The woman with the Airstream drove past our site. Several minutes later she stopped in front of us again, facing the opposite direction. She had her window down and a man was standing next to her truck talking to her. Donna noticed damage on the right front of her trailer which looked new otherwise. After a few minutes, she starting backing into her site across from us and down a couple of spaces. The man was directing her, but I could see he wasn’t giving her very good instructions. She was all over the place. I was hesitant at first, but then I couldn’t stand by and watch any longer.
I went out to her truck and asked the man to watch the rear so she wouldn’t hit the picnic table. Then I started telling her which way to turn her wheels. Once we had the Airstream in her site, I had her pull forward then back in slowly so we could get it lined up straight. She got out of her truck and said she wished she would’ve stopped and asked for help before trying to back in. What I didn’t know was she first attempted to enter her site from the east before she pulled down to the end of the row and turned around. She jack knifed the trailer and damaged her Airstream and new Dodge dually. This was her second time out – someone helped her get into a site at Campland before she came here.
I came back to our coach and set about doing what I was doing before she came along. About half an hour later, I was getting ready to go to the store. Donna told me the woman hadn’t disconnected her trailer from the truck and seemed to be having a problem. I saw another neighbor go over there with a large hammer. This didn’t look good to me.
I walked over and asked what was up. The guy with the hammer was beating on the release lever for the coupler lock on the trailer tongue. I asked him to stop before he did any more damage so we could figure out what was hanging it up. First of all, I could see she had put the trailer jack down and the tongue of the trailer was actually lifting the rear of her truck. This put a lot of pressure on the coupler lock. While I was explaining how this works to her, the other guy knocked the retaining pin out of the lock lever, removed the lever and started pounding on the linkage.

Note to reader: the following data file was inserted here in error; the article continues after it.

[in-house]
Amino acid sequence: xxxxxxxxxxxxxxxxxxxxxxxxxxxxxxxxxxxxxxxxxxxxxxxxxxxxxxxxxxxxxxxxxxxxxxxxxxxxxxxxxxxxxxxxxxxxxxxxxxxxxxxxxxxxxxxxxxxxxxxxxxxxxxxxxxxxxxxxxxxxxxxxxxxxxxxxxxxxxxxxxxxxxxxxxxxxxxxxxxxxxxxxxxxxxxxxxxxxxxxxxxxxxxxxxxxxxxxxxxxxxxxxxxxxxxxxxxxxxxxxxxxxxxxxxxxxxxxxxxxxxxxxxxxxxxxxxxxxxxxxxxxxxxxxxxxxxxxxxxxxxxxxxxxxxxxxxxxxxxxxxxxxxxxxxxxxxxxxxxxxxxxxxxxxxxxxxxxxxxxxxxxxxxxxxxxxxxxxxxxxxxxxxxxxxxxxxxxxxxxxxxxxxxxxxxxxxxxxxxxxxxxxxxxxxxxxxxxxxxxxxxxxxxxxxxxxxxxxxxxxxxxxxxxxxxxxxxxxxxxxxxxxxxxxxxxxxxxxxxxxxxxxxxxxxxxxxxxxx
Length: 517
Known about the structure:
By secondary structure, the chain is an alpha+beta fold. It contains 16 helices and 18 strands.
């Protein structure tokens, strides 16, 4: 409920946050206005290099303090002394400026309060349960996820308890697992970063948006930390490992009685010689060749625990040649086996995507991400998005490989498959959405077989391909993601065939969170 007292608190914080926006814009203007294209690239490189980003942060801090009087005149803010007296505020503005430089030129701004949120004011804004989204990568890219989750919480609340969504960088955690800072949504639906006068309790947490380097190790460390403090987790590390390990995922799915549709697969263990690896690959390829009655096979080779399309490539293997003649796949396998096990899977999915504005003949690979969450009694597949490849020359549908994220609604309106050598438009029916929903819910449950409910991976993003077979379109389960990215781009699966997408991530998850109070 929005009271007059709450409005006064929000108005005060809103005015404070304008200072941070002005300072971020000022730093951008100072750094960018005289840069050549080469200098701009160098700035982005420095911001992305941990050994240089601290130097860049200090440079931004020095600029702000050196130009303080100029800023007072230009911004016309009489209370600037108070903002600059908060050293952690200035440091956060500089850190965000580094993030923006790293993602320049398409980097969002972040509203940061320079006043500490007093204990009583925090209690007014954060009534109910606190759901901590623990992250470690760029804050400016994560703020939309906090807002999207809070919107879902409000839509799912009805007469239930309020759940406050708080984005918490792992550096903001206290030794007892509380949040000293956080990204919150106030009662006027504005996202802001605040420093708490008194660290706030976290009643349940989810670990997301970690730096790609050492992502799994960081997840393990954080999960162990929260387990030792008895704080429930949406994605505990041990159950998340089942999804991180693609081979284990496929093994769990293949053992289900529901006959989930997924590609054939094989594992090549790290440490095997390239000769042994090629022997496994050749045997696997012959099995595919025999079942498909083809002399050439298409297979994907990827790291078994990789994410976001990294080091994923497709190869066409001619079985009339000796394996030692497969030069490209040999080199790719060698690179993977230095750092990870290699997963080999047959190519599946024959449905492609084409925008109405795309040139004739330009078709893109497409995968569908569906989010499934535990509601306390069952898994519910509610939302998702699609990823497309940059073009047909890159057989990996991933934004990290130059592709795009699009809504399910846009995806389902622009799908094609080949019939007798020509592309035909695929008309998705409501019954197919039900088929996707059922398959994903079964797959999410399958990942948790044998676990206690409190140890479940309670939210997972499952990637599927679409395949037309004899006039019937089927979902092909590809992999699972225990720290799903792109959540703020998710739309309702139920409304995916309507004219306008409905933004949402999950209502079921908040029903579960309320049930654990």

I stopped him and explained that beating the linkage down will damage it, the lever lifts the linkage so he was doing the opposite of what needed to be done. With the trailer jack lowered, I was able to grab the linkage with pliers and pull it up, releasing the coupler lock. We put the lever back on. The woman insisted something was wrong with the coupler lock. I explained again how it operates and showed her how to release it. I released it several times, demonstrating that it worked fine.
I wanted to take photos to illustrate what I’m talking about, but it didn’t seem appropriate at the time. I hope this post makes sense to those reading it. The lessons learned are – practice with your trailer – ask for assistance – and beware of a neighbor offering help with a hammer.
We’ve had very warm weather – temperatures have reached the mid 90s. The Santa Ana winds have stayed well north of us though, it’s been fairly calm here in San Diego. The hot spell will continue tomorrow before we cool down to the low 80s by the weekend. Good times in San Diego.
Edit to post – I added a photo of the jack knife damaged Airstream.